LAB 1
Due date: Mon 02/26/24 by end of day.
Instructions: You are required to work individually. Use R Markdown and Knit to render a pdf or a word document. Upload the document back in Brightspace.
Reference: For this lab, we will be using the â€œOpenIntro Statistics: Labs for R" (by Andrew Bray et al), available under a Creative Commons Attribution-ShareAlike license, in the link below:
https:
nulib.github.io/kuyper-stat202
Structure: Lab contains 2 mandatory sections (Section 1 and Section 2) outlined below.
Section 1: This is just a practice (warm up) section (no need to submit Section 1).
Practice with R Studio by mimicking all the syntax given in Chapter 8- Introduction to Linear Regression (sec 8.1, 8.2, 8.3, 8.4).
Section 2: On Your Own (Submission required).
This section builds on Section 1 and it requires you to answer the following questions posed in sec 8.7 in Chapter 8 (Intro to Linear Regression) in â€œOpenIntro Statistics: Labs for R" (by Andrew Bray et al). Mark each question clearly using # and interpret the results.
1. Choose another traditional variable fromÂ mlb11Â that you think might be a good predictor ofÂ runs. Produce a scatterplot of the two variables and fit a linear model. At a glance, does there seem to be a linear relationship?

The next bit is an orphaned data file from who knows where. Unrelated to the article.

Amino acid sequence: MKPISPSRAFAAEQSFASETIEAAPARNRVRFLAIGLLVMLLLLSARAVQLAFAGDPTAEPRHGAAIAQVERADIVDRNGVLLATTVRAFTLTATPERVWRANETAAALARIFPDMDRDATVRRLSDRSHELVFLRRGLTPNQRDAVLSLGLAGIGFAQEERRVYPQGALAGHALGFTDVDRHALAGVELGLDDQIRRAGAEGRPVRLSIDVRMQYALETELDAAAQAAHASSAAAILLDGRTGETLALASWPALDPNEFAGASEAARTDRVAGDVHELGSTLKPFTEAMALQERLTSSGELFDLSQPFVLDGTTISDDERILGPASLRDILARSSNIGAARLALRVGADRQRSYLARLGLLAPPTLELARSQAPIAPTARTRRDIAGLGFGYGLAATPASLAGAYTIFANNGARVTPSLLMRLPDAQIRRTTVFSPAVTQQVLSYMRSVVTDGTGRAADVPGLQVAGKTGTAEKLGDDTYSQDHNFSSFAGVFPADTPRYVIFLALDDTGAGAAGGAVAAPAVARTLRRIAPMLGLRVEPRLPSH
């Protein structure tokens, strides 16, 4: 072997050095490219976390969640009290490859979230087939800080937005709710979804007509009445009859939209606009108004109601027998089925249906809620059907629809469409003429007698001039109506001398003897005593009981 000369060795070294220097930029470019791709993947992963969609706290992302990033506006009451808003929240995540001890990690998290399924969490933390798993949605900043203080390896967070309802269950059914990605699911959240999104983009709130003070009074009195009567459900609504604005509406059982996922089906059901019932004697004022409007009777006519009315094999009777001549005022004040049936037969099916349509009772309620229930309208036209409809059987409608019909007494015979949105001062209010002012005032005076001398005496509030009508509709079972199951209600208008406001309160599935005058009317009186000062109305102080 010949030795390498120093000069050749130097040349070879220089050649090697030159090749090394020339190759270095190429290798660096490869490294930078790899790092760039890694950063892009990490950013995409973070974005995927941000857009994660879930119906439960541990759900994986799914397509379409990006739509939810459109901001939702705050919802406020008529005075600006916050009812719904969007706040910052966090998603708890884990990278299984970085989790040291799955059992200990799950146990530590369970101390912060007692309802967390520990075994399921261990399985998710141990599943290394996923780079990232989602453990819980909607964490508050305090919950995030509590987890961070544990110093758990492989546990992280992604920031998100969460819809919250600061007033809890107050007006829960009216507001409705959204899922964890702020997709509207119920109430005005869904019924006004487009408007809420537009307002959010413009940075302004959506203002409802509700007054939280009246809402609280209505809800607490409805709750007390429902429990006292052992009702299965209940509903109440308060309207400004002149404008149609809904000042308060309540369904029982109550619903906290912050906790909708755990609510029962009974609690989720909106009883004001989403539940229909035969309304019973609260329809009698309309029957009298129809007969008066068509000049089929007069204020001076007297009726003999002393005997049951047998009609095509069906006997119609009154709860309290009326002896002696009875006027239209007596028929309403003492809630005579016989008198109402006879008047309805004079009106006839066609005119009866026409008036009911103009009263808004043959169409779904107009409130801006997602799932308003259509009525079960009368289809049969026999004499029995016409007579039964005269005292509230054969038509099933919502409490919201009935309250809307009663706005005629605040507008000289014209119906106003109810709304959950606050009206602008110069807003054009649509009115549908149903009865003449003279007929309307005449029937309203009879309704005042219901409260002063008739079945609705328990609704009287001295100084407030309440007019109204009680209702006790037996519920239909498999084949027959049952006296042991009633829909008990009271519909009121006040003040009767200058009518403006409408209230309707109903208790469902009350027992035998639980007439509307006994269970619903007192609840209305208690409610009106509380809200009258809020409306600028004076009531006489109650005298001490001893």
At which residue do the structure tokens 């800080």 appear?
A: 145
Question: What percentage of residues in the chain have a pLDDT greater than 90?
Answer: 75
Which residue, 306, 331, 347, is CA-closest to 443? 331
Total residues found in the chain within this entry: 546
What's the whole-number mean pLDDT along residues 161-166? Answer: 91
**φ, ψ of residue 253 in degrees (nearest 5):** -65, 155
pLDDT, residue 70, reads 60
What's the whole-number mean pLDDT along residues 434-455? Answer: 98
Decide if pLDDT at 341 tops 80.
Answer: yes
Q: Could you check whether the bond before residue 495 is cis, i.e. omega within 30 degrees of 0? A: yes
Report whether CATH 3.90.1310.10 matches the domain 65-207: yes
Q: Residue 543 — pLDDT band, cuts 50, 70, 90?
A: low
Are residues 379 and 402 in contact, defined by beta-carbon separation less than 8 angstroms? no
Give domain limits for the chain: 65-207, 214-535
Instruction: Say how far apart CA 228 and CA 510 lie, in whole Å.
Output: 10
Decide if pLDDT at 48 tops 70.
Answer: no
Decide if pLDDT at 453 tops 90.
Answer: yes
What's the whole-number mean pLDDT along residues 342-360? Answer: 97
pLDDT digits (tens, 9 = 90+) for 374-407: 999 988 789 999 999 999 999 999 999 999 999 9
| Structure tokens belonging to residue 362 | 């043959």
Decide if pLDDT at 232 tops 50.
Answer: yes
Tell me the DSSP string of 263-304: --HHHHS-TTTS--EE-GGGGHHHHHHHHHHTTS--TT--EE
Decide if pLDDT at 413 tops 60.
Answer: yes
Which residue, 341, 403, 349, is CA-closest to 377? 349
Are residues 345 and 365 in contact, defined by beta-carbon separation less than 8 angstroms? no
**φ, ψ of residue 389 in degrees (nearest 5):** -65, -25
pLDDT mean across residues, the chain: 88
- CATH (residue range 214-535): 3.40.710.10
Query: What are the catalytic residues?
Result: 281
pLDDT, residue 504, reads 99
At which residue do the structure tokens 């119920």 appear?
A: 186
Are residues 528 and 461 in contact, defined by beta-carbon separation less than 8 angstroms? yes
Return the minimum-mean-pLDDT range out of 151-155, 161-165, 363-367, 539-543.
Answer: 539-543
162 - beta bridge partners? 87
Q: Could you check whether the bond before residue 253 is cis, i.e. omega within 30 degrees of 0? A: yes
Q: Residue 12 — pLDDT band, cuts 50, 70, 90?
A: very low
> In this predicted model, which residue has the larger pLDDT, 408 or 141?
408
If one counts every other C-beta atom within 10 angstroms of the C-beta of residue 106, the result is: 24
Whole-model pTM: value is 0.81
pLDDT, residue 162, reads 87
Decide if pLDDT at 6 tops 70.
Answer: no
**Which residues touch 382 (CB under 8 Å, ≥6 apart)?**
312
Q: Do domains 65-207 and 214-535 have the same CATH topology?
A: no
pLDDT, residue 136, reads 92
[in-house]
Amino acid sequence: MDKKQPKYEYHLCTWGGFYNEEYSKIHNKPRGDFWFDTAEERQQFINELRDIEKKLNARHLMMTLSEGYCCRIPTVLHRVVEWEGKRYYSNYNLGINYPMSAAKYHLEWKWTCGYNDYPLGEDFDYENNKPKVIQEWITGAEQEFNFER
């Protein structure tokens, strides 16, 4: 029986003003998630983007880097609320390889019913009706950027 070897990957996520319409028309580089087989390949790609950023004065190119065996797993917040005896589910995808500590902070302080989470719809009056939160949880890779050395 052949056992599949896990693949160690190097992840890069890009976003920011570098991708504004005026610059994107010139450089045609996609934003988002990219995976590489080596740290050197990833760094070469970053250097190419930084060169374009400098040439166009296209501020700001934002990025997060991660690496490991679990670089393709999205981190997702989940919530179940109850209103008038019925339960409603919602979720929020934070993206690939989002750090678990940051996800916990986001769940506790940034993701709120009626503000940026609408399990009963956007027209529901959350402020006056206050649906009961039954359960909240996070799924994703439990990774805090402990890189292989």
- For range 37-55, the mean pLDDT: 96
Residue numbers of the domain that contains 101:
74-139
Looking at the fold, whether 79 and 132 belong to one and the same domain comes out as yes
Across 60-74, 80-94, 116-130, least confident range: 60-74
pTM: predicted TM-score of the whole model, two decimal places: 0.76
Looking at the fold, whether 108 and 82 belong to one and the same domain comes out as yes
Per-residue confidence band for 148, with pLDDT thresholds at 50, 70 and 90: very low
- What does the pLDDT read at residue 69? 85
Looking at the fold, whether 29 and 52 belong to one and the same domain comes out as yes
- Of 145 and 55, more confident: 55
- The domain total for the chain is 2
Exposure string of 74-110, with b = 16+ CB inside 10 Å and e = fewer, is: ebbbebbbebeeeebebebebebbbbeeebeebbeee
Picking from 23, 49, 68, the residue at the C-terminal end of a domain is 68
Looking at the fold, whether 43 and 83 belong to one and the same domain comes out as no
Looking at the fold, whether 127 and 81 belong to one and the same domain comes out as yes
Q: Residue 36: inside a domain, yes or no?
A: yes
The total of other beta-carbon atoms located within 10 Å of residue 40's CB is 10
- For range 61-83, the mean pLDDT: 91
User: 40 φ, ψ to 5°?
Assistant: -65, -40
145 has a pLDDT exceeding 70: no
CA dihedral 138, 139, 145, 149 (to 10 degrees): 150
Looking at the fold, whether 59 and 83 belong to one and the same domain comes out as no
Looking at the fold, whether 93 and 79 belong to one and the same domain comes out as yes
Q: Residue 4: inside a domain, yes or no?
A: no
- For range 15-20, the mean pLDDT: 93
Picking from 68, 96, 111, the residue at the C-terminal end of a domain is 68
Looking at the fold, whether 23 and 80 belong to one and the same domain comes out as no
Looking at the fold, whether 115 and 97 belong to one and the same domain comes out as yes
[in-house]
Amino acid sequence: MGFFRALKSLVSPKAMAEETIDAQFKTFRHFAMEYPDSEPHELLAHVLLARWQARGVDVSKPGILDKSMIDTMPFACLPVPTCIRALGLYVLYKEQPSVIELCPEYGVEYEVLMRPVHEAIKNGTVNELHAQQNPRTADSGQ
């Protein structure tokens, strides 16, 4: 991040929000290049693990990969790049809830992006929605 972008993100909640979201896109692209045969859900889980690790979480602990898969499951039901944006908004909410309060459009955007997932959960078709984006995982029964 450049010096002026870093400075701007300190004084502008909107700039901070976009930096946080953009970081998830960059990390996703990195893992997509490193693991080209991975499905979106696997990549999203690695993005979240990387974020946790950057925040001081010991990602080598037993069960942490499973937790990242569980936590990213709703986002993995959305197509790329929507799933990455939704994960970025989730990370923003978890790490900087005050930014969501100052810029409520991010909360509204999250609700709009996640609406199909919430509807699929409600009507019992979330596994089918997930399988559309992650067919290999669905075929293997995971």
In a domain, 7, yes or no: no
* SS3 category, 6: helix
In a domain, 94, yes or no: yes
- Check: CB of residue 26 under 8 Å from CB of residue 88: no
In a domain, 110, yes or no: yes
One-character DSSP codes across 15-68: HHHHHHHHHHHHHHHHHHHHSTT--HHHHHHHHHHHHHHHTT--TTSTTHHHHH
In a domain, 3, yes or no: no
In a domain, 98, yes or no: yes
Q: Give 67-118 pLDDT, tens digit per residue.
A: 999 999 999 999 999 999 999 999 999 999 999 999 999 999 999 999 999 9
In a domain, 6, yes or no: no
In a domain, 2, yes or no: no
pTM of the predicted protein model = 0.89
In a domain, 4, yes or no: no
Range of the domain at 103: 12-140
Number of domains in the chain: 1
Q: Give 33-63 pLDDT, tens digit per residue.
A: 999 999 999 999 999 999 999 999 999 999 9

2. How does this relationship compare to the relationship betweenÂ runsÂ andÂ at_bats? Use the R22Â values from the two model summaries to compare. Does your variable seem to predictÂ runsÂ better thanÂ at_bats? How can you tell?
3. Now that you can summarize the linear relationship between two variables, investigate the relationships betweenÂ runsÂ and each of the other five traditional variables. Which variable best predictsÂ runs? Support your conclusion using the graphical and numerical methods weâ€™ve discussed (for the sake of conciseness, only include output for the best variable, not all five).
4. Now examine the three newer variables. These are the statistics used by the author ofÂ MoneyballÂ to predict a teams success. In general, are they more or less effective at predicting runs that the old variables? Explain using appropriate graphical and numerical evidence. Of all ten variables weâ€™ve analyzed, which seems to be the best predictor ofÂ runs? Using the limited (or not so limited) information you know about these baseball statistics, does your result make sense?
5. Check the model assumptions for the regression model with the variable you decided was the best predictor for runs.